Agricultural Research Council (ARC) 2014 Strategic Plan
ARC Board Chairperson, Mr Jonathan Godden, gave an historic overview of the organisation that included the vision, mission and mandate of the organisation. The ARC was a premier science institution that conducted research with partners, developed human capital and fostered innovation to support and develop the agriculture sector.
ARC Chief Executive Officer, Dr Shadrack Moephuli, said the entity had improved science through its publications and registered 30 new cultivars to improve yields and mitigate effects of pests and diseases. At least 21 new cultivars were released to farmers to enable competitiveness, sustainable production, resistance to pests and diseases and mitigate the effects of climate change.
Dr Moephuli gave a review of the organisation’s key performance indicators as it related to the entity’s mandate of research and development. These indicators included the development of the Kaonafatso ya Dikgomo (KyD) Scheme aimed at accelerating participation of small scale livestock farmers in mainstream industries, which increased to 7 000 participants, who together owned 60 000 cattle. These participants improved the quality of their animals and obtained higher market prices in the process. Other initiatives included the development of new methods for producing the Foot-and-mouth disease (FMD) vaccine, the training of at least 12 000 smallholder farmers on cotton production and the training of 2 400 grain farmers. The Council distributed more than 8 000 copies of the Maize Information Guide, conducted workshops for best use of guidelines in production systems and expanded the roll-out of rainwater harvesting methods in the Limpopo River Basin, affecting more than 15 villages in Botswana, Mozambique, Zimbabwe and South Africa.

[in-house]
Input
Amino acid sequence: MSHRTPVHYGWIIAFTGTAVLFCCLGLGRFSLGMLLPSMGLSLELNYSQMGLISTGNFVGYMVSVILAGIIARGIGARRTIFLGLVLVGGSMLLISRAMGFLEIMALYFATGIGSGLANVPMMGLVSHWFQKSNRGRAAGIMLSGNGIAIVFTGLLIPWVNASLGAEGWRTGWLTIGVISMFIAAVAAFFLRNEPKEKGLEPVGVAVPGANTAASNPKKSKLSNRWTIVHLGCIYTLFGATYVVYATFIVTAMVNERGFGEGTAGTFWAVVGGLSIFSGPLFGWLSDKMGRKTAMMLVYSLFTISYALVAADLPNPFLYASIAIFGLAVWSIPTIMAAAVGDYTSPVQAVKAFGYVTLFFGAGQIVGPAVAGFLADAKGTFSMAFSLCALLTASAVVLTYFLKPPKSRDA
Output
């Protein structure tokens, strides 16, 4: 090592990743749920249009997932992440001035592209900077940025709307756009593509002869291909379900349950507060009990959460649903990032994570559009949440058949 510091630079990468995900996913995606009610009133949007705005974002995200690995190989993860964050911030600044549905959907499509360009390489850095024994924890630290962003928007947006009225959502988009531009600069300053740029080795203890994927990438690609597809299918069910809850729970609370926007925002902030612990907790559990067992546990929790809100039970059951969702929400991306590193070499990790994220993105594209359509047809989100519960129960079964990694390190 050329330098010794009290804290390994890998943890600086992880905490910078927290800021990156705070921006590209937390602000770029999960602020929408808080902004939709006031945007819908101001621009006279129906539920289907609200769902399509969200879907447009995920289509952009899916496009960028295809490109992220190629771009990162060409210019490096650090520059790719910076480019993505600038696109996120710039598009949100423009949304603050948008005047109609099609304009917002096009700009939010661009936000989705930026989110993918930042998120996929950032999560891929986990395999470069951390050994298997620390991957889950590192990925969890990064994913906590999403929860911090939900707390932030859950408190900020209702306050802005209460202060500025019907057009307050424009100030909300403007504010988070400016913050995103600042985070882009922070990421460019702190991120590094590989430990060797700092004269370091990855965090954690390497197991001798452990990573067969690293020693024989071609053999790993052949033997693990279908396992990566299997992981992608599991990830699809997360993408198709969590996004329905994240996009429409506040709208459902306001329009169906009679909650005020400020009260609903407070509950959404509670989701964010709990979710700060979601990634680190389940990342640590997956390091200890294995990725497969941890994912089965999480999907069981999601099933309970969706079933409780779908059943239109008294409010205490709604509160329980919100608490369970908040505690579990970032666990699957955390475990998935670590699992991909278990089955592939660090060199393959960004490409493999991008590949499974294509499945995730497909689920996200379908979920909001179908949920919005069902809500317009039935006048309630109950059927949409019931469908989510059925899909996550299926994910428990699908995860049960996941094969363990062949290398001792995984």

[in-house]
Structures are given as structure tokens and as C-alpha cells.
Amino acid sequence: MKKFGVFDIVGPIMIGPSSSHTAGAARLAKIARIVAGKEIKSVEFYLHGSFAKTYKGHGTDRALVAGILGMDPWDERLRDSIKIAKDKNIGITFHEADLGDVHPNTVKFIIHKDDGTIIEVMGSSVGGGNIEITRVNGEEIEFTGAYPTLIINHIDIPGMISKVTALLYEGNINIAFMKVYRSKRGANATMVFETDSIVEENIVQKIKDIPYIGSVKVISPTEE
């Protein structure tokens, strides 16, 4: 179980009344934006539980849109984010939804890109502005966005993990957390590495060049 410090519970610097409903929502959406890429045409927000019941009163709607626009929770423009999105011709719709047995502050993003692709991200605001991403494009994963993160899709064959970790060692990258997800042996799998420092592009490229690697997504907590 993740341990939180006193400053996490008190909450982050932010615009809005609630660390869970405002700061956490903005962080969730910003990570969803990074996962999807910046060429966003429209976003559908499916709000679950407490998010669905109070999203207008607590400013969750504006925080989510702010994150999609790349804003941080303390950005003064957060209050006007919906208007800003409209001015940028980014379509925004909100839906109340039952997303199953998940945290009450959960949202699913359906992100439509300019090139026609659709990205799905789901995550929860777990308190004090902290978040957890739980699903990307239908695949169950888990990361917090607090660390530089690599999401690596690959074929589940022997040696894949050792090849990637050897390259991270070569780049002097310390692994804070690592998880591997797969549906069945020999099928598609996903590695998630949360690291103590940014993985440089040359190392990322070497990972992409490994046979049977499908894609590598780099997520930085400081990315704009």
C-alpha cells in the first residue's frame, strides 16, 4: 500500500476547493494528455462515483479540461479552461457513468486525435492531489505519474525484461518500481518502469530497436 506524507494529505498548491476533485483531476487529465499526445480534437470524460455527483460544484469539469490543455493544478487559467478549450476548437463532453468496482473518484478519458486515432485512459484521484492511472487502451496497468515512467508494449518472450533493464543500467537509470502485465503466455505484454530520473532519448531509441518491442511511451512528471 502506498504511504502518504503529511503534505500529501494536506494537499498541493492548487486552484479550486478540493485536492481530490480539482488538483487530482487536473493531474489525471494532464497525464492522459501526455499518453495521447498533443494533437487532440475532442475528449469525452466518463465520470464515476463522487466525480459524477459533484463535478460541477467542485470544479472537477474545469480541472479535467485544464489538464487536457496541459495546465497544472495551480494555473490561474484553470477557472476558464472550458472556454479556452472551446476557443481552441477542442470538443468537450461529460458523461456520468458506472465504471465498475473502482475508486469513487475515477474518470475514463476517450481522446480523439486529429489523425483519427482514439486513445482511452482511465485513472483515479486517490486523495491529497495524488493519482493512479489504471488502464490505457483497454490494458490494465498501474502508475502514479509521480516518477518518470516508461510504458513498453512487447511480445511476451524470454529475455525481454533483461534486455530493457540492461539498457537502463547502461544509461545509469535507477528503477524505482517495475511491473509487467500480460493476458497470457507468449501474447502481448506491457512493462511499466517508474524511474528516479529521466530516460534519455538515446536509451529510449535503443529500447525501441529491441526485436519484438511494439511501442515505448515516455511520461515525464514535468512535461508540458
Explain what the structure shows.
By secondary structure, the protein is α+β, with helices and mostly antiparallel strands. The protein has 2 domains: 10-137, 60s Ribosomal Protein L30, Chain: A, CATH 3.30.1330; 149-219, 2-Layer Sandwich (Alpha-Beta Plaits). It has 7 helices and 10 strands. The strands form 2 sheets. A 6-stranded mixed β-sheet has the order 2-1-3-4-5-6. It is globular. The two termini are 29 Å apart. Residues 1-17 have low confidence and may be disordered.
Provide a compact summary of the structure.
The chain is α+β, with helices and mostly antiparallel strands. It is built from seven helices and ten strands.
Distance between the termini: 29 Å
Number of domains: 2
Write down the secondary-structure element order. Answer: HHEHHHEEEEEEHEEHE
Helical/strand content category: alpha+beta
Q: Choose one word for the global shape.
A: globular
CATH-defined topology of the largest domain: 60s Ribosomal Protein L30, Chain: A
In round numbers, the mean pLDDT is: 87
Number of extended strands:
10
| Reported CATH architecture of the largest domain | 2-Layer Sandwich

Dr Moephuli said ARC had received unqualified audit reports from the Auditor-General for more than five years Improved financial management practices had improved confidence in the ARC which increased external revenue. ARC’s outcome-oriented strategic goals were to improve the productivity, production, competitiveness and sustainability of crop based and livestock based agriculture. It aimed to enhance the productive use and conservation of natural resources, to translate research results to support agrarian transformation and to achieve good governance, financial stability and a high performing and visible organisation. The research projects, outputs and the derived benefits of these strategic goals were outlined. These benefits included food security, food safety and improved shelf life, improved quality of animals, sustainable use of natural resources and enhanced competitiveness of sector from utilising ARC technologies.